The Power of Community
By Peggy McDonagh
Recently, I listened to an interview on CBC One’s “The Current” with Sebastian Junger, an award-winning author and journalist—a war veteran of Afghanistan who has struggled with post-traumatic stress disorder. In his book Tribe: On Homecoming and Belonging, Junger writes about how a community is a rare and precious thing in modern society and what tribal societies, war and catastrophes teach us about the value and significance of the role of community in curtailing mental illness and loneliness.
Some weeks ago I met with some of the volunteers of the Calgary-based ‘Inn from the Cold’ (INFC) program that provides shelter for families in need and has recently closed many of its Inns being run in churches and community halls. As I listened to stories of how important this program had been for them, I heard repeatedly how INFC connected them with a wide variety of people who provided a sense of purpose, fulfilment and joy.
In his article “All the Lonely People,” Andre Picard, health reporter and columnist at the Globe and Mail, tells of a hidden epidemic of loneliness and estimates that six million Canadians live in isolation. In his research he has found that “study after study delivers grim prognosis: loneliness is as harmful to health as smoking fifteen cigarettes a day; having no friends may increase the risk of premature death; social isolation is twice as deadly as obesity and hikes the risks of dementia by sixty-five per cent.” Isolation, so it appears, can be detrimental to both our mental and physical well-being.
I am involved in faith communities, so I appreciate the importance of community, but I have wondered lately if we truly know the value and significance of community in our society.
Junger says that people are created for community and not for individualism. He teaches that European emigrants to the Americas “butted up against three thousand miles of howling wilderness populated by Stone-Age tribes.” He explores the rise of the Americas through the wars between the Europeans and First Nation peoples and reveals something quite telling.
When native persons were captured, it was almost impossible to keep them in captivity or assimilate them into European life. They often escaped and returned to their tribes. More compelling is that when Europeans—mostly men—were captured, they chose to integrate themselves into tribal life. Junger says that they did so because it held greater appeal than the growing towns and isolated farming communities. Many Europeans came to value the closeness of the community and the importance of sharing responsibility and chores. Everyone had a part to fulfil in order for the tribe to survive, and that created a sense of purpose and value.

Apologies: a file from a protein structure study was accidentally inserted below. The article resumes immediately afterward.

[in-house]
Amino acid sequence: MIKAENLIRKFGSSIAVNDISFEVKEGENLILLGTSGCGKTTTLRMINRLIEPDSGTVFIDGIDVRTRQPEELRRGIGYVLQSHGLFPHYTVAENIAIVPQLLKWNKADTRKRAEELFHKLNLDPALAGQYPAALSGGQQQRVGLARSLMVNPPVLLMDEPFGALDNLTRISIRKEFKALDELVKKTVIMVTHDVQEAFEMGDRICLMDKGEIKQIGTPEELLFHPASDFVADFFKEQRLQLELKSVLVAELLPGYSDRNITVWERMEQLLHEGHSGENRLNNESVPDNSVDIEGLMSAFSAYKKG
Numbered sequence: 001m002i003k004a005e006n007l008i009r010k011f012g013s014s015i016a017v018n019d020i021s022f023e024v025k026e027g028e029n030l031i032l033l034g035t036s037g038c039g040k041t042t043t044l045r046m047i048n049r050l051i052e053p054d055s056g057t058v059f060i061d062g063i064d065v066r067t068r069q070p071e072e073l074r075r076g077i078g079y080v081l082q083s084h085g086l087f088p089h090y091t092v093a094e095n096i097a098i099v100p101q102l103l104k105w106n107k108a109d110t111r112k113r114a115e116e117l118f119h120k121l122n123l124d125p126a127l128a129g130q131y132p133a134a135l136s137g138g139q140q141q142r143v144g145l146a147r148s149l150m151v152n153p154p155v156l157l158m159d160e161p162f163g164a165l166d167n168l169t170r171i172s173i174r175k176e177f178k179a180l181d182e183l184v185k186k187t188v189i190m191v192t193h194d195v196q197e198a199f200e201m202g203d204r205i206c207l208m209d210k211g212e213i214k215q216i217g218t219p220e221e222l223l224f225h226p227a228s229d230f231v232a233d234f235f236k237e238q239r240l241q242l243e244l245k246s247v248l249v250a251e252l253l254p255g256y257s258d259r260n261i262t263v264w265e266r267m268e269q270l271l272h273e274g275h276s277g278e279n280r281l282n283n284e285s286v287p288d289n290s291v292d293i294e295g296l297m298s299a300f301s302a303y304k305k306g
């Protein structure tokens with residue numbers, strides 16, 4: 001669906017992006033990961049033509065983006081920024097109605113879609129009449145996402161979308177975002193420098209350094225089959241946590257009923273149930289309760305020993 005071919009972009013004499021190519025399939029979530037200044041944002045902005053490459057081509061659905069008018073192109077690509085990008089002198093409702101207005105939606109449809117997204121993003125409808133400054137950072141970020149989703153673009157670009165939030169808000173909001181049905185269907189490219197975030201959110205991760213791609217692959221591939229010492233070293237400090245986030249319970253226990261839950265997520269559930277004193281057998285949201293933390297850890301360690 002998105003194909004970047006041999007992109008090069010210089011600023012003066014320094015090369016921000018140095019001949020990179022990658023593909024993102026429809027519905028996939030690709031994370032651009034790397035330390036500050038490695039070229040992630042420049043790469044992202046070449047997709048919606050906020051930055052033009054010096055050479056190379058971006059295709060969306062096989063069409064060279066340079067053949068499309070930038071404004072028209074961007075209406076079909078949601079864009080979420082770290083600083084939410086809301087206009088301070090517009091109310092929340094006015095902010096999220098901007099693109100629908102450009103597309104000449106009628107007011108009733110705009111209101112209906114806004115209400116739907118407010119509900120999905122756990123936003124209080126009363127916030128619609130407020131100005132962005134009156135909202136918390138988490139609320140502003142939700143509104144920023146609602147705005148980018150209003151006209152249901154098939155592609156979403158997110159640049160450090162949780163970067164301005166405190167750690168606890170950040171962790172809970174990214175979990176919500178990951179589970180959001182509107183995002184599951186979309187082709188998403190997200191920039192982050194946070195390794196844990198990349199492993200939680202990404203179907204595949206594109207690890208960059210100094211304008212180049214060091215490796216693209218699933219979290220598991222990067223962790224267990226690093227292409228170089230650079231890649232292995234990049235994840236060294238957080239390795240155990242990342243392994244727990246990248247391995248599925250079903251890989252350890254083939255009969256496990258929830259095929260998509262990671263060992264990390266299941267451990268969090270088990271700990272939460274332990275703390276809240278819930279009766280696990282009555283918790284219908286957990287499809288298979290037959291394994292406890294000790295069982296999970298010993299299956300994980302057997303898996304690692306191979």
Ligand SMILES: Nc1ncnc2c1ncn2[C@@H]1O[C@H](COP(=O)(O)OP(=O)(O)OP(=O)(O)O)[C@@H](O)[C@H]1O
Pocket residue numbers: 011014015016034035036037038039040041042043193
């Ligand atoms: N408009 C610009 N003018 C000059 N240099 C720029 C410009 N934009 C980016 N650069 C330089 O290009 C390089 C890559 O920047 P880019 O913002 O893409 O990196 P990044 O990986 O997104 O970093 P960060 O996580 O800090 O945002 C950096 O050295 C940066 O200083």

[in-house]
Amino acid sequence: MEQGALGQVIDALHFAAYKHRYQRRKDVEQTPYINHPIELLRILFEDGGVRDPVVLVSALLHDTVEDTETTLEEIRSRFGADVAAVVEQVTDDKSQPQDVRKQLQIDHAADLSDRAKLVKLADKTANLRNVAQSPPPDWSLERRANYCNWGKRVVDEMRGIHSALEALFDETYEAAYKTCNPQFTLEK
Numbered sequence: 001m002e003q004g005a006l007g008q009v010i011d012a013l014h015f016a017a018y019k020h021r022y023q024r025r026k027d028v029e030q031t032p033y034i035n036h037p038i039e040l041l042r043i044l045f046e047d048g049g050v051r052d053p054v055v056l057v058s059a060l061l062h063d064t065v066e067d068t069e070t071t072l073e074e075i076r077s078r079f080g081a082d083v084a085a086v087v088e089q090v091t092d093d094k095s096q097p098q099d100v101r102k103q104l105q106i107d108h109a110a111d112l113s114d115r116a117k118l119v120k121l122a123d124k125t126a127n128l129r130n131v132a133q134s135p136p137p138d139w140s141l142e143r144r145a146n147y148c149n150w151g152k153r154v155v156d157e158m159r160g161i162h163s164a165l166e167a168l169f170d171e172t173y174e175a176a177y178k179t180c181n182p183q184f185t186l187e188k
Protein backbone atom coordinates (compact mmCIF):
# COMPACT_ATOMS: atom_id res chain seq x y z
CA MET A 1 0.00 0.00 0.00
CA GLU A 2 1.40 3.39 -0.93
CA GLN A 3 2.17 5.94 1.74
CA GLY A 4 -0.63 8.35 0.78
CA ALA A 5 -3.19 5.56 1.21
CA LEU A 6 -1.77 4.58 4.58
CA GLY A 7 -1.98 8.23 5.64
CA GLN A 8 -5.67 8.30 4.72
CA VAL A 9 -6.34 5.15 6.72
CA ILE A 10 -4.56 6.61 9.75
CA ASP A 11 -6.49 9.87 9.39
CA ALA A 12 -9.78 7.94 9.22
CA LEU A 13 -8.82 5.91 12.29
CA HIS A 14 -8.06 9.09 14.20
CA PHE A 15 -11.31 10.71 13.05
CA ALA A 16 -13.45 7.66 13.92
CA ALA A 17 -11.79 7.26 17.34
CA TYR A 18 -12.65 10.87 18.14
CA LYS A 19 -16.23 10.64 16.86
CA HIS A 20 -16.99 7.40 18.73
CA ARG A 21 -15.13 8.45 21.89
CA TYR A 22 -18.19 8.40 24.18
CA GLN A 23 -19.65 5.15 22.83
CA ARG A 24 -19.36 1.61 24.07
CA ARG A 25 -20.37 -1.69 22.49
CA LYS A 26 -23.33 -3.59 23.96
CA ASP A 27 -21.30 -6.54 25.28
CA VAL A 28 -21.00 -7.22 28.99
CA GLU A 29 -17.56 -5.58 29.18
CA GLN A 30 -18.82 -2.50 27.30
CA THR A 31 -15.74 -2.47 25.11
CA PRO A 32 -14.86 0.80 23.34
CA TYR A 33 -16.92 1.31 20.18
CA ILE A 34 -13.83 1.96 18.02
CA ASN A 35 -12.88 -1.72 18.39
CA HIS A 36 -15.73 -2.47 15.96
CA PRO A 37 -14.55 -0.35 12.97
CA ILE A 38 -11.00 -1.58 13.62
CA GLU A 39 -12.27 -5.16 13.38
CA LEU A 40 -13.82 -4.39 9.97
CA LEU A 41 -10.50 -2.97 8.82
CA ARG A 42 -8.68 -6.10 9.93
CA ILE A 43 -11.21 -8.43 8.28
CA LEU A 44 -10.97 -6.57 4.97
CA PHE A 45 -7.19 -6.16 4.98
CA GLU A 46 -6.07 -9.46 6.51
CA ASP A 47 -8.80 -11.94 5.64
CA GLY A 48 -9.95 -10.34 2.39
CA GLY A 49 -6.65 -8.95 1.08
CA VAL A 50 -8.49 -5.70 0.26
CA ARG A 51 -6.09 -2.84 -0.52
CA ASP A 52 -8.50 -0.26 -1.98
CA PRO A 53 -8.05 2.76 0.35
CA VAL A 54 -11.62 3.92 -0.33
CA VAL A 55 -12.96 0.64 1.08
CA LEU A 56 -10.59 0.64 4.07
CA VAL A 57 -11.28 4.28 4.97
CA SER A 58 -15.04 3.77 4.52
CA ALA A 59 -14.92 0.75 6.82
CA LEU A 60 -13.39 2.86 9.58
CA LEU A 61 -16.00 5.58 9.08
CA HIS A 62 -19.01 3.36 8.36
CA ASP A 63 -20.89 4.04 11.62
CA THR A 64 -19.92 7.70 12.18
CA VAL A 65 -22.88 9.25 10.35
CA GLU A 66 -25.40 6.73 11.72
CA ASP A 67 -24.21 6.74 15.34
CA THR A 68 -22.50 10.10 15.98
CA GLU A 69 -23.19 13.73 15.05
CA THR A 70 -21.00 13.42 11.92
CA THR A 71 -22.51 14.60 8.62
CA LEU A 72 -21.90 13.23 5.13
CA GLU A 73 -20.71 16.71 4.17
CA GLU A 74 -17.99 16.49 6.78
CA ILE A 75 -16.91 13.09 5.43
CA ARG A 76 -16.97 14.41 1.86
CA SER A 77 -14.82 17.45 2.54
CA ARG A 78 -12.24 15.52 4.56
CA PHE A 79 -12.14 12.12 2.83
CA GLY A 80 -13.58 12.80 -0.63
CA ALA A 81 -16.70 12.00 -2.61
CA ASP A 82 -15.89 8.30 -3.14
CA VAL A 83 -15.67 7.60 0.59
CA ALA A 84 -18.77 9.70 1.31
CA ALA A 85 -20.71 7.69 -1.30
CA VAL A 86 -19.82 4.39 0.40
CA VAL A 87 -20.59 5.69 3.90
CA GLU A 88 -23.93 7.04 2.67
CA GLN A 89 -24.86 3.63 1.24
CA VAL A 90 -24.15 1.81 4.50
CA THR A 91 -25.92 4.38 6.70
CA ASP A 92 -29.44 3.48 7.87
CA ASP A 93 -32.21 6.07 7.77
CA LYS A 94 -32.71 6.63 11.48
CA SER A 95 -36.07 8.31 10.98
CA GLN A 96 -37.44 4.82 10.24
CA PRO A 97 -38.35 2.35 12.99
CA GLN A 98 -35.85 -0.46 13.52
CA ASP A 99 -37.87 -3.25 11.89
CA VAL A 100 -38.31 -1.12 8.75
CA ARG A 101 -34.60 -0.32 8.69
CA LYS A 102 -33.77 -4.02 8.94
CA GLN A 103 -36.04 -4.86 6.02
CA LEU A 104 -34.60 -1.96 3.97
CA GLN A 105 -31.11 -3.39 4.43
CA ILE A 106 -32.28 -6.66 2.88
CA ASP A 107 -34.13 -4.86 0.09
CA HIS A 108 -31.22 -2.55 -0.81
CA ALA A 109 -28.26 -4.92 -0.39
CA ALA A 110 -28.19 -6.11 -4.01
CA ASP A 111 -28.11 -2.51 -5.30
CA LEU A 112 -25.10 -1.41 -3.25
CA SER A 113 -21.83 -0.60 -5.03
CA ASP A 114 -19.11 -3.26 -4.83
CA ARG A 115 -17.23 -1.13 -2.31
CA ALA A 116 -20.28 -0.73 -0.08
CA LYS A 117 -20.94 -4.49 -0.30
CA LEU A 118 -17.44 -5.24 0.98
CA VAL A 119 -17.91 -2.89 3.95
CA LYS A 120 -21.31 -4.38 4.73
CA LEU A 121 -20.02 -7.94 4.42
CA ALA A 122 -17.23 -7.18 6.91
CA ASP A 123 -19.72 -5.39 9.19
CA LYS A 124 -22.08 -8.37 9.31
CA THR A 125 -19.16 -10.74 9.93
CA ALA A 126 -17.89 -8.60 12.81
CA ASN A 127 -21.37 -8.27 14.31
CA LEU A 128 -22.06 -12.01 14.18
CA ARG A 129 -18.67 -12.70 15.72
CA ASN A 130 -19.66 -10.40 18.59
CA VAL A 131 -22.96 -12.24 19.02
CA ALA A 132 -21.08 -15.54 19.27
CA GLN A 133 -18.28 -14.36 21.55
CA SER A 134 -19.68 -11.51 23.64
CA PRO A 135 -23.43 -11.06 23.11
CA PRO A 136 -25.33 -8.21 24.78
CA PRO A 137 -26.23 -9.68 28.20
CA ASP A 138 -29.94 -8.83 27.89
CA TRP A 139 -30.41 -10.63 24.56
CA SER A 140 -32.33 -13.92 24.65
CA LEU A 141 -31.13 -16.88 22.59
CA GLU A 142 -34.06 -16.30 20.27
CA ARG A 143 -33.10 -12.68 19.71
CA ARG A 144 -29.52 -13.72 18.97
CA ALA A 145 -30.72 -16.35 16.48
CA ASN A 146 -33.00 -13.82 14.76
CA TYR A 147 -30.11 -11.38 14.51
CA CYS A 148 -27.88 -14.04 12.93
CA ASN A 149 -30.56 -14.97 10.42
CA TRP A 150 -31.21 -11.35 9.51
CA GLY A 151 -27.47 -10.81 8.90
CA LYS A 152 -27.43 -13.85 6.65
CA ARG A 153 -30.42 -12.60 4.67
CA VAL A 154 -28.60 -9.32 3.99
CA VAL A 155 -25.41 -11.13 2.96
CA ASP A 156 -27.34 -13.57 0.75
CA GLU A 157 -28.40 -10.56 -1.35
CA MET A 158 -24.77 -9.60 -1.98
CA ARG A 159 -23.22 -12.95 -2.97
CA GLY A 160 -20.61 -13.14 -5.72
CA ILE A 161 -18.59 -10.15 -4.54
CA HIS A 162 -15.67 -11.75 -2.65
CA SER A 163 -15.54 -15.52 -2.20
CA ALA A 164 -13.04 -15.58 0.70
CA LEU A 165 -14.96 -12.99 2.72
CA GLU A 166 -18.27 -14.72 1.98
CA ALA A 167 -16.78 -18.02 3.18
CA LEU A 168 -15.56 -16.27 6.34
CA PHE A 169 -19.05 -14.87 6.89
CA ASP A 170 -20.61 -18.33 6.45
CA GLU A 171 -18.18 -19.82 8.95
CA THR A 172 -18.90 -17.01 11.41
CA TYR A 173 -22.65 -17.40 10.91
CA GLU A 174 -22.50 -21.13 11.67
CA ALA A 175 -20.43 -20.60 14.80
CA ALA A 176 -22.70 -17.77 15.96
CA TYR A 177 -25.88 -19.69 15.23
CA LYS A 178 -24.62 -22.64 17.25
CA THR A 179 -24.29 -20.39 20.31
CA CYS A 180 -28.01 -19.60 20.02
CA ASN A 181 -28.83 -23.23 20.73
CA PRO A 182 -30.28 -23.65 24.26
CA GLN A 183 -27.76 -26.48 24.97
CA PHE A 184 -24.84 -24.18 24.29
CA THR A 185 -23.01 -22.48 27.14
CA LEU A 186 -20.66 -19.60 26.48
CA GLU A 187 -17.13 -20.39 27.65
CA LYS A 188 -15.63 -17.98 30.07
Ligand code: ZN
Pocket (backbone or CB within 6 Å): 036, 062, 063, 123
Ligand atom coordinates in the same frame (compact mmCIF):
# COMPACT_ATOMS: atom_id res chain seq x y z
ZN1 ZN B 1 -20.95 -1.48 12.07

“The question for Western society,” writes Junger, “isn’t so much why tribal life might be so appealing—it seems obvious on the face of it—but why Western society is so unappealing.” He observes that “a person living in a modern city can, for the first time in history, go through an entire day—or an entire life—mostly encountering complete strangers. They can be surrounded by others and yet feel deeply, dangerously, alone.”
According to Junger’s findings, “modern society— despite its nearly miraculous advances in medicine, science, and technology—is afflicted with some of the highest rates of depression, schizophrenia, poor health, anxiety, and chronic loneliness in human history.”
It appears that the more integrated we become with no real community attachments to give purpose or to connect us to our deeper spiritual essence, the greater the rise of mental illness, substance abuse and violence. Essayist Wendell Berry in The Art of Commonplace, writes, “People use drugs, legal and illegal because their lives are intolerably painful or dull. They hate their work and find no rest in their leisure. They are estranged from their families and their neighbours… We need drugs, apparently, because we have lost each other.”